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Four Reasons to Do a Hackathon (Hint: It’s a Great Job Interview)

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If you think hackathons are just for experienced coders, think again.

Hackathons, known for their intense and condensed time frame, bring together people from diverse backgrounds to solve a problem, usually in less than 24 hours.

Everyone is welcome (bring a team or come solo and join a team at the event). Everyone has something to offer and something to learn.

But here’s an often-overlooked benefit: The opportunity to meet new people and network.

Hackathons didn’t exist when I was in college, and as a supporter I see the reason these are so popular: Solving a problem is one element. The other is forming working relationships, fast, that tap into the unique skills of each participant.

A Job Interview … But Better

Universities are known for their hackathons and now companies are catching on. Here’s why: As a sponsor, this is one of the best ways to introduce your company, culture and brand to people who either want to get to know you, or have no idea who you are, but you want to meet them.

Four Reasons to Do a Hackathon

Hackathons are about generating ideas (and writing code) to solve real-world problems. And even in such a short timeframe, it’s:

  • A fairly relaxed and friendly atmosphere as people work through ideas.
  • An opening to get first-hand experience in an industry and a glimpse into what a company does.
  • A chance to contribute to something that matters.
  • Your opportunity to see if what a company offers fits your professional career goals and personal work style.

Five Tips for Succeeding At a Hackathon

No matter what draws someone to an event, there are a few ways to ensure that everyone gets something out of it – whether that’s networking with people who love to write code, cool prizes, or a job opportunity.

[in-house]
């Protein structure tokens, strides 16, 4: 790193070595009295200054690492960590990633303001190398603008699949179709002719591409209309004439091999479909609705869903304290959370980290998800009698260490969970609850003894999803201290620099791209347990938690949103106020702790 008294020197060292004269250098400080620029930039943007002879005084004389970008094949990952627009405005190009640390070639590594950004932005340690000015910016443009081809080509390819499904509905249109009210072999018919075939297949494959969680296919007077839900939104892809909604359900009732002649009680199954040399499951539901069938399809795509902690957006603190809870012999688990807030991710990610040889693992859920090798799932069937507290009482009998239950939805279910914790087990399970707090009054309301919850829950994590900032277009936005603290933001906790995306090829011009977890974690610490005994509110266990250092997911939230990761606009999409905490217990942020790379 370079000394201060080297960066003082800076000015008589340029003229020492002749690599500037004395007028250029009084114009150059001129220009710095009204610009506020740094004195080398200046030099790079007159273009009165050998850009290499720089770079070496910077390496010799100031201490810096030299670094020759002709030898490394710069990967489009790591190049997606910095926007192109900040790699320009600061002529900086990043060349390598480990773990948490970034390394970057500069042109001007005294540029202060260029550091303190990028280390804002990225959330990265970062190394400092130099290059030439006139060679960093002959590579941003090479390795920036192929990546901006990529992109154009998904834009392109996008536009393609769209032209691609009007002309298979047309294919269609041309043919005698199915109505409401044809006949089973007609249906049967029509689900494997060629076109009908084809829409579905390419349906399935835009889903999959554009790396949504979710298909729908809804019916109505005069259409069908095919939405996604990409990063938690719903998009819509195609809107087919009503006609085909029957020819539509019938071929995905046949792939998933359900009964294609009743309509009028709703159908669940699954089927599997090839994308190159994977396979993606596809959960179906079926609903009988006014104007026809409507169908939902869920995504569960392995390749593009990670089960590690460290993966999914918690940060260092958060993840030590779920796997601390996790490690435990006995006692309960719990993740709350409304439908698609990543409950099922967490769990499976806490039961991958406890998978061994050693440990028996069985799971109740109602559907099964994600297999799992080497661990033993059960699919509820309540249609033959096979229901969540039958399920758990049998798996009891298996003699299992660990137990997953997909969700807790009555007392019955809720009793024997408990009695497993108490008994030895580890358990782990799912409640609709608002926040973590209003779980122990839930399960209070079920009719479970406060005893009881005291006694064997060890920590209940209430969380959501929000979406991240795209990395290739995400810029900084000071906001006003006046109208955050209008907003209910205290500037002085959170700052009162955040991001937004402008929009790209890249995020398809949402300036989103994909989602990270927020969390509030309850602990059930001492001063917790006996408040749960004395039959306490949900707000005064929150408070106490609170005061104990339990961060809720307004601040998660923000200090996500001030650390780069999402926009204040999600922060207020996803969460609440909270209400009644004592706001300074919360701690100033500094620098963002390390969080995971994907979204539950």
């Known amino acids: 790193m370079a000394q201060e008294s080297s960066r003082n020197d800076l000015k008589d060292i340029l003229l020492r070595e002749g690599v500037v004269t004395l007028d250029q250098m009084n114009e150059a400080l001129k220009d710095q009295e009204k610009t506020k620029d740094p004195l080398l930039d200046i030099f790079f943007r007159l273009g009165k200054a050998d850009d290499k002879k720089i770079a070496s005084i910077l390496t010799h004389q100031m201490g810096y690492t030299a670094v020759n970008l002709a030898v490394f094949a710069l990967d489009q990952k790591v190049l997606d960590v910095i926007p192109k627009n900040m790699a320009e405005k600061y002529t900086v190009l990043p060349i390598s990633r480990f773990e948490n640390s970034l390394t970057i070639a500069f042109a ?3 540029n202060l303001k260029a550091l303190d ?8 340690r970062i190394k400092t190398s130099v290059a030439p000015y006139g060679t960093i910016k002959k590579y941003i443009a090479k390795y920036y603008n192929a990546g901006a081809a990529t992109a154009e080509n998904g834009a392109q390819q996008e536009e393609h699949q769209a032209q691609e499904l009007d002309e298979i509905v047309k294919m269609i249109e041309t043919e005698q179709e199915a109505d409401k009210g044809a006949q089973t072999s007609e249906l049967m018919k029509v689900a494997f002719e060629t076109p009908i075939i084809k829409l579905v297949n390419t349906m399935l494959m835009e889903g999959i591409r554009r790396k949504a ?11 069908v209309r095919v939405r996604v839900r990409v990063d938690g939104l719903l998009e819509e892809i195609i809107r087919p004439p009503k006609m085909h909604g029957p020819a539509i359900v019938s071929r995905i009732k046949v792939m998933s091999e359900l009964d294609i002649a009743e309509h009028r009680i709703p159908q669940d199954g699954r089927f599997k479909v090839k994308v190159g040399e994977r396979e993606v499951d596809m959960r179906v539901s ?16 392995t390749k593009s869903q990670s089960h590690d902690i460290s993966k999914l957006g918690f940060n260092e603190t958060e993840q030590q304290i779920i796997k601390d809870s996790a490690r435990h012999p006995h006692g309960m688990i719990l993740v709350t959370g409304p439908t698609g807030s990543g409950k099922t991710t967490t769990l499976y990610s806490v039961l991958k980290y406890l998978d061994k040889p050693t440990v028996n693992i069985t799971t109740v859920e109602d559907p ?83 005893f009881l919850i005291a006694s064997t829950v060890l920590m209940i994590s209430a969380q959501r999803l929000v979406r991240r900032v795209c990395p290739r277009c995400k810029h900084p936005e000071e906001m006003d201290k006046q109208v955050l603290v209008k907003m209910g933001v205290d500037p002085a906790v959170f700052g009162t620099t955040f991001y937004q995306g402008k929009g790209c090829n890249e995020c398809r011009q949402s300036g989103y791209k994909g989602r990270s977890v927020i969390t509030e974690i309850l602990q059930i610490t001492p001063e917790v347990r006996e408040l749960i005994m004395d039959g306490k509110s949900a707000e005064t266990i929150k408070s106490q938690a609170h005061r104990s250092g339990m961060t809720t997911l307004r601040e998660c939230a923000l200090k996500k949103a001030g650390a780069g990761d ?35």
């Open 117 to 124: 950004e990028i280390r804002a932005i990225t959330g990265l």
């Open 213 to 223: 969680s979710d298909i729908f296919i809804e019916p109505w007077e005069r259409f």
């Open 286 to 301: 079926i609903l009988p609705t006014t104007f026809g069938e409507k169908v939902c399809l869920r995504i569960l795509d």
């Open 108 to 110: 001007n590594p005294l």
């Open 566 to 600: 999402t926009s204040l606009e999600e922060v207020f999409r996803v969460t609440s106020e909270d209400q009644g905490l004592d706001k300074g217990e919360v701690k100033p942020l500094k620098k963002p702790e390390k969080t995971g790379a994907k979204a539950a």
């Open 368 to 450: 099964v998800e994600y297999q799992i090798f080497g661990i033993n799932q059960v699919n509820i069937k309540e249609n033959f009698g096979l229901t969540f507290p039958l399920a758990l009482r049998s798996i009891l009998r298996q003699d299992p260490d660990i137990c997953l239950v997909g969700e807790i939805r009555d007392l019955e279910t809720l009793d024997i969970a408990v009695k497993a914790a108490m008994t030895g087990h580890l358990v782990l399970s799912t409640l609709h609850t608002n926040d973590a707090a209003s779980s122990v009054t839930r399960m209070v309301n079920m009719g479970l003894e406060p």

• Bring your skills. If you know something others don’t (like how to write an iOS app), that’s your chance to share and shine. And if you don’t know something, be a quick study and learn as fast as you can from others.
  • Enjoy the time – it goes fast. For a lot of people, it doesn’t matter if they finish the hack; they are there for the experience. Be open to learning and not just winning.
  • Be organized. A big part of the event is time management. Few jobs will require this super accelerated pace; imagine what you’re showing to a future employer – if you can handle this, you can handle anything.
  • Do your homework. Challenges are loosely posted before the event so you can prepare. Know the company that’s sponsoring – what they do, where they operate, who they serve.
  • Make friends. You’ll meet new people who might be an important part of your future career.

Hackathons Near You

If you’re interested in trying a hackathon – or you’ve done a bunch and you’re ready to tackle a real-world industrial automation challenge – there’s an opportunity in Cleveland on February 22.

At this event you can use your expertise in emerging technologies to solve some of our company’s biggest challenges.

You get a data set from a factory that has connected industrial devices, and your job as a team is to determine a way to turn that data into information – consumable by the audience of your choice.

You can search global opportunities, including the five best (ranked by Codes Law), and upcoming hackathons in North America and Europe (both from Major League Hacking).

Marzell Brown
Marzell Brown
Senior Software Test/Talent Management Lead, Rockwell Automation
Marzell Brown

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